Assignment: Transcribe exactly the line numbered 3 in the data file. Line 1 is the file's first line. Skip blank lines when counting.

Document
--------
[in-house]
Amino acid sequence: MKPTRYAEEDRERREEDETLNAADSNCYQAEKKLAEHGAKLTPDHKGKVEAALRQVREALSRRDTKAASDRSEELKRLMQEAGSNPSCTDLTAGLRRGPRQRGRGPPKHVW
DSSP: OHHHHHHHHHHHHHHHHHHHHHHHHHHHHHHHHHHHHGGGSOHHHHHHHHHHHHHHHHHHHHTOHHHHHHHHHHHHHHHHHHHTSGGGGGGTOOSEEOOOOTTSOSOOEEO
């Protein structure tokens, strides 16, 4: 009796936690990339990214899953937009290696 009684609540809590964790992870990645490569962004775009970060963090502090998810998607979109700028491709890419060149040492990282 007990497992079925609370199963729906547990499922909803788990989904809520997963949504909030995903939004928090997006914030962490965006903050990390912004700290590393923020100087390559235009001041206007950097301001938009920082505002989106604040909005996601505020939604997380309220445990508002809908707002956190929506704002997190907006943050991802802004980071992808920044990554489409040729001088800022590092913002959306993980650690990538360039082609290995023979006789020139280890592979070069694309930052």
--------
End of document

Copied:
DSSP: OHHHHHHHHHHHHHHHHHHHHHHHHHHHHHHHHHHHHGGGSOHHHHHHHHHHHHHHHHHHHHTOHHHHHHHHHHHHHHHHHHHTSGGGGGGTOOSEEOOOOTTSOSOOEEO